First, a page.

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Seed bombs are magical little nuggets of clay, compost and native seeds used to surreptitiously improve areas you’re unable to reach.
To determine native species in your area, ask a smart friend, or visit the Native Plant Database. My family and I live in the Northeastern U.S., and our seed bombs include (among other seeds) eastern red columbine, red milkweed, butterfly weed, New England aster, joe pye weed, lanceleaf coreopsis, blazing star, wild bergamot, sweet coneflower and rigid goldenrod. Select low-maintenance drought-tolerant native species that can thrive with intermittent care. As mentioned previously, choose seeds wisely. You certainly do not want to select invasive species that will threaten biodiversity. Consider species that create habitats for other native critters like butterflies and birds.
To determine your soil type, do the squeeze test: take a handful of moist (but not wet) soil and give it a firm squeeze. Most likely, one of three things will happen:
- The soil falls apart as soon as you open your hand. This means you have sandy soil.
- The soil holds it’s shape, and when you give it a little poke, it crumbles. This means you have loam. Perfect for a garden—it retains moisture and nutrients, but doesn’t stay soggy.
- It holds it shape, and when you give it a little poke, it sits stubbornly in your hand. This means you have nutrient-rich clay soil. Perfect for this project.
If you have dreams of a yard-ful of annuals, perennials and veggies, yet have the horrible misfortune of heavy clay soil (I can relate), today you are in luck. There is little need for clay amendment in your seed bomb recipe. Just head to your backyard and collect some clay soil. If your soil is sandy or loamy, however, you must add natural clay (often found in natural stream banks), terracotta clay powder or air-dry clay (found in art supply or health food stores).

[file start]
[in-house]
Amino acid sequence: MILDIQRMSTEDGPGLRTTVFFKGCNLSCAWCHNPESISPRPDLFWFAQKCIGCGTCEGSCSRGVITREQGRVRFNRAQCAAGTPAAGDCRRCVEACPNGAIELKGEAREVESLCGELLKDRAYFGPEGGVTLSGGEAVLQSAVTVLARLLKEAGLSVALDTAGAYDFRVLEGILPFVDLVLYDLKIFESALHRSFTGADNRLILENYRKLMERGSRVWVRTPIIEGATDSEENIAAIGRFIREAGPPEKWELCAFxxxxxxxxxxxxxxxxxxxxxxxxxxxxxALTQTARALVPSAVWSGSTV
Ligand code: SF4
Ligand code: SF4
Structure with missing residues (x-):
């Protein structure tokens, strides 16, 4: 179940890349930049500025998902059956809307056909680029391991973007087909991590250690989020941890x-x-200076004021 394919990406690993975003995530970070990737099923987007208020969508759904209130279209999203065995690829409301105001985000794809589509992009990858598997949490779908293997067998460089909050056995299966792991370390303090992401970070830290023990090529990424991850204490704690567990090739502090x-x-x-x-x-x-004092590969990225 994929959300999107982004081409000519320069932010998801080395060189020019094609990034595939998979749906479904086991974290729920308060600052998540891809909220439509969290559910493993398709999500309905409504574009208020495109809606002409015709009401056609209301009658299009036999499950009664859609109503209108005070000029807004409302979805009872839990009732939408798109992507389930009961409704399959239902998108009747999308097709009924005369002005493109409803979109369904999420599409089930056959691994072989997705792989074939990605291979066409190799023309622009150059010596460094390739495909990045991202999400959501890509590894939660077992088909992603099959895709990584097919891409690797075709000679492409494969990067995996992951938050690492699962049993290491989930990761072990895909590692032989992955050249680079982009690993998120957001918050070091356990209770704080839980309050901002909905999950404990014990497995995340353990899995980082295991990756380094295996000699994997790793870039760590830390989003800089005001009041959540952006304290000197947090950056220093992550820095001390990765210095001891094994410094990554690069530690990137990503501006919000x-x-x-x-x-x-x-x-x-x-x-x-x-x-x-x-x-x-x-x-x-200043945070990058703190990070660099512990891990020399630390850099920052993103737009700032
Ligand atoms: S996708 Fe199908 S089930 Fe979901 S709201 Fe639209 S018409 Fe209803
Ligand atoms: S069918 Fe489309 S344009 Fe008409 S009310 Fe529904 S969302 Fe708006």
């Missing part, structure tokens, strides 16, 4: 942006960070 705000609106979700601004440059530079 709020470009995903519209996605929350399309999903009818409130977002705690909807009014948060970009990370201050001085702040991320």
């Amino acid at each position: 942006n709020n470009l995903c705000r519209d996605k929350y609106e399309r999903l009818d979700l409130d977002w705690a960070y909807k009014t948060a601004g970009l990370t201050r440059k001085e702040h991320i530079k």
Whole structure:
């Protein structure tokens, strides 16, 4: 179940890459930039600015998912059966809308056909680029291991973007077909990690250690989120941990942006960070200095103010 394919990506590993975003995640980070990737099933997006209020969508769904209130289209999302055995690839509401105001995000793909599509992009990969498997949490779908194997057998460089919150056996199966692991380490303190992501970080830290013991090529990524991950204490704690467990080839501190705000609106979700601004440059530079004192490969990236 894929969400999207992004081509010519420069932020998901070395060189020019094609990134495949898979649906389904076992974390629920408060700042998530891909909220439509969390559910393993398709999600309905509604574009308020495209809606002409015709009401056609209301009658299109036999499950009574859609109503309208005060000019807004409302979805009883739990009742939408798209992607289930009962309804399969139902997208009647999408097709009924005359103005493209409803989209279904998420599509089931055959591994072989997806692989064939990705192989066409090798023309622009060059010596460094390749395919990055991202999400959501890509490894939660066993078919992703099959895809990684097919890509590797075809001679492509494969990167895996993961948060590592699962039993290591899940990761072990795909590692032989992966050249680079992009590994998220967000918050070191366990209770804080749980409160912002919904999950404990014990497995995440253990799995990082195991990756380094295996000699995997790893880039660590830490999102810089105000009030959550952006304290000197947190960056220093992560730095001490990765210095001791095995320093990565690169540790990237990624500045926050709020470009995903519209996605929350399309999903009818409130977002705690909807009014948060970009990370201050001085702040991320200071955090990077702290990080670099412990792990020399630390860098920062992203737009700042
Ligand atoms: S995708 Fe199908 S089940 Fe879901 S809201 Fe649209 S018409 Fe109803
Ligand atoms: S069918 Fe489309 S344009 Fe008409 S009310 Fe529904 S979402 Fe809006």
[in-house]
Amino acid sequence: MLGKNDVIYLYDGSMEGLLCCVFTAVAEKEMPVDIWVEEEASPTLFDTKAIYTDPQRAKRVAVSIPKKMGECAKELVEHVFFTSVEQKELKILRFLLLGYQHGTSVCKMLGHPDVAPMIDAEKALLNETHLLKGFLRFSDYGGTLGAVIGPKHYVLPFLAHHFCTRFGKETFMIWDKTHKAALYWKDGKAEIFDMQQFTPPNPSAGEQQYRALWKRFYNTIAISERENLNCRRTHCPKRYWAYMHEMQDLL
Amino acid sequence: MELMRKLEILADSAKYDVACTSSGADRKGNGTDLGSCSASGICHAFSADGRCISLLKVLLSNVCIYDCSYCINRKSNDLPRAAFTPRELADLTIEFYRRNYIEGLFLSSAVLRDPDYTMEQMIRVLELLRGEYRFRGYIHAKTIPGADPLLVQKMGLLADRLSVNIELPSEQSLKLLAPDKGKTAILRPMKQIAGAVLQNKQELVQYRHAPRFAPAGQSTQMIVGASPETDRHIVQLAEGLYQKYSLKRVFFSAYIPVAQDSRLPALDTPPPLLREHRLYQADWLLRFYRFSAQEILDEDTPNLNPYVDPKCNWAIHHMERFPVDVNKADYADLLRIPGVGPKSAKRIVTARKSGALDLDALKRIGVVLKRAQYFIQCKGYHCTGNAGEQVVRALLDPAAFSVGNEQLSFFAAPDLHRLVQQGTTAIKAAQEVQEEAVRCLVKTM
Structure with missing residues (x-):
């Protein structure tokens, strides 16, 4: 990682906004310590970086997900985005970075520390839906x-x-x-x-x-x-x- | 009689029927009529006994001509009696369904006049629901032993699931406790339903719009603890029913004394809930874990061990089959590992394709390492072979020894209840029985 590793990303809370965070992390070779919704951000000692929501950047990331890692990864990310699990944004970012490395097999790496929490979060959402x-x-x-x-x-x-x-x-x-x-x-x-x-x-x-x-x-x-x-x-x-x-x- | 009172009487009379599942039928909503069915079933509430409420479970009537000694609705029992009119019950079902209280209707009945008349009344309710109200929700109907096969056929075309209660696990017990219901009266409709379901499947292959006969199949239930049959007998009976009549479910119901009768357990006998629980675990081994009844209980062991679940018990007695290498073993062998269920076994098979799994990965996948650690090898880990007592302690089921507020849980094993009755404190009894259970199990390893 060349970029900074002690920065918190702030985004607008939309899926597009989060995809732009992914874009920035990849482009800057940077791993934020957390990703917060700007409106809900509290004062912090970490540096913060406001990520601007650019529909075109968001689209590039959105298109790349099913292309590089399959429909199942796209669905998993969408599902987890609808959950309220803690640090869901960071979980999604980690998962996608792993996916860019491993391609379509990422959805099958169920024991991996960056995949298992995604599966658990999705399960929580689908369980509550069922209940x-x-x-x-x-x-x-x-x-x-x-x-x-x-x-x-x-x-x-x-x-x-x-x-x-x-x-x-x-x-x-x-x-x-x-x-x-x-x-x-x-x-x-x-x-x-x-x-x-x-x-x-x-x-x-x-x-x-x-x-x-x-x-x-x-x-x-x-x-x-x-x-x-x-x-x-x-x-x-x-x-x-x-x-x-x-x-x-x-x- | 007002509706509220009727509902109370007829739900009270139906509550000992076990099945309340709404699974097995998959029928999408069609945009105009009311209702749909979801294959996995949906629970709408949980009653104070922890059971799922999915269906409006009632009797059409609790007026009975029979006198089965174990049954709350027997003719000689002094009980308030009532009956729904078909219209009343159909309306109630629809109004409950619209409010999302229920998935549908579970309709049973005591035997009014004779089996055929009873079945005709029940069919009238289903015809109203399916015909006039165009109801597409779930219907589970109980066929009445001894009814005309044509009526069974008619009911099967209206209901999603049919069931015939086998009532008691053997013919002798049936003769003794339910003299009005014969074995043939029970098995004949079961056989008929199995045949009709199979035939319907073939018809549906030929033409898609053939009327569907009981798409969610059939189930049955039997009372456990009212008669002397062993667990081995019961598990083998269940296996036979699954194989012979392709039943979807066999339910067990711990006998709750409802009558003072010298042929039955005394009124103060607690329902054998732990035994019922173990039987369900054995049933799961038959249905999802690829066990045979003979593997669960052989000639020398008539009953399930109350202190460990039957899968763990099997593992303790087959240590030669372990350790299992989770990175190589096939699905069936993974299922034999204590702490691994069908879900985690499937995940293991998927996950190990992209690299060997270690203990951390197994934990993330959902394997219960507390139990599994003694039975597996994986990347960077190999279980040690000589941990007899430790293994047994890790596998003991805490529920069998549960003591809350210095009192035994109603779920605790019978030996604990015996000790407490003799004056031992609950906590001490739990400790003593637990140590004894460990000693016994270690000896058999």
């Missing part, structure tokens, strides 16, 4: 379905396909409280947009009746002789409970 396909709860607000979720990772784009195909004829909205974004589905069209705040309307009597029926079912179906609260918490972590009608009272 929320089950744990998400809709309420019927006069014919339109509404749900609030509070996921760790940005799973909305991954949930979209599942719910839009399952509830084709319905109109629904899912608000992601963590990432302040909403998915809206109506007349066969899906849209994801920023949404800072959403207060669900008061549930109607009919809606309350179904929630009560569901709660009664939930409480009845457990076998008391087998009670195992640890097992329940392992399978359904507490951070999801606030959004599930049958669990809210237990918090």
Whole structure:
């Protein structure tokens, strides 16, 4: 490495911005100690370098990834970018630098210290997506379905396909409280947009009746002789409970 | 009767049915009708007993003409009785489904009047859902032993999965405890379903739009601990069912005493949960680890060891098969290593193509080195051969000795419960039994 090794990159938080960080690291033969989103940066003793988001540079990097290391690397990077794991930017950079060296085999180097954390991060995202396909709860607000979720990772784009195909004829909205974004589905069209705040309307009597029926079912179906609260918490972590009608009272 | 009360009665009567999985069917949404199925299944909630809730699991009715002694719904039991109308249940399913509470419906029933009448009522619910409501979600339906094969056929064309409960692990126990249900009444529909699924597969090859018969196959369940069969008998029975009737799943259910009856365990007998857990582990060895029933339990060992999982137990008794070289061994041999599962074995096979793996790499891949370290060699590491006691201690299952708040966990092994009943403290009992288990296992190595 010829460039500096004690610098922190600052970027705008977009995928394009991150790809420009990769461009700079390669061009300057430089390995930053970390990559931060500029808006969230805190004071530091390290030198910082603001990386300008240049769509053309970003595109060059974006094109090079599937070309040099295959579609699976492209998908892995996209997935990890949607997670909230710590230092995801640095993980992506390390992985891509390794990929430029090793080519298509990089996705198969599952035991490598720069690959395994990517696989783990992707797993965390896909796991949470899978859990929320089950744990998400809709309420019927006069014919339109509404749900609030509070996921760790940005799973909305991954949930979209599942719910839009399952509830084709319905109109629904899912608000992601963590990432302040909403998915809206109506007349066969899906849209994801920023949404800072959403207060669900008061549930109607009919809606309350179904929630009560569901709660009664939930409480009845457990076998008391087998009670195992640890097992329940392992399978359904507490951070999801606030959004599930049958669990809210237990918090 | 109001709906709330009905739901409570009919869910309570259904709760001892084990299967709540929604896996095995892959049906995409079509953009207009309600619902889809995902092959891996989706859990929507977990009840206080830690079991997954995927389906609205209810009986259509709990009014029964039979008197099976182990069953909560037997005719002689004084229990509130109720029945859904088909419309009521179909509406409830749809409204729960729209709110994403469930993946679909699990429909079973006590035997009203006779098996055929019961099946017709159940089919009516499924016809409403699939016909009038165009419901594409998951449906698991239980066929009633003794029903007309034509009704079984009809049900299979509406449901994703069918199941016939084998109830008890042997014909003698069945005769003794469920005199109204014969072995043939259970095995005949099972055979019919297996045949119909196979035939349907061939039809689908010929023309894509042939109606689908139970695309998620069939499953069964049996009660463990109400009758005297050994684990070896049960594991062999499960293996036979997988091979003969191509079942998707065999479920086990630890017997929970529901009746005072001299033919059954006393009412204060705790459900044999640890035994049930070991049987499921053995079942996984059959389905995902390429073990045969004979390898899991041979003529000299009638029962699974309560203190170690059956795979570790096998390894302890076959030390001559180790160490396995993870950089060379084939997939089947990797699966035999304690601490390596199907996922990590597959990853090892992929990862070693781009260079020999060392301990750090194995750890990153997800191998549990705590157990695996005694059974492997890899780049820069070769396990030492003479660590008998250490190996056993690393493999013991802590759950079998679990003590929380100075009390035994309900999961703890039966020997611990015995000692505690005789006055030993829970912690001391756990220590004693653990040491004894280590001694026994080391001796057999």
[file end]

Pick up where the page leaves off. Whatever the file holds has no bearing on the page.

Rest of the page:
Like making a mudpie, making a seed bomb is not an exact science. Use the below recipe as a guide, but your measurements needn’t be exact.
Seed Bomb Recipe:
3 parts clay (see note above)
3 parts dry organic compost or worm castings
1 part small native perennial seed
1 to 2 parts water (added by the Tbs)
The mixture should be moist, but not wet. Knead it with your hands, being sure to incorporate all seeds. Roll it into 1 to 2 inch balls. Set them on newspaper to dry for 2 days before using, or store on a sunny windowsill before throwing over a fence. Your seed bombs are ready to wreak havoc on green wastelands. Just throw and they will grow. Rich in nutrients, the clay and compost aid in germination and help strengthen plant root systems.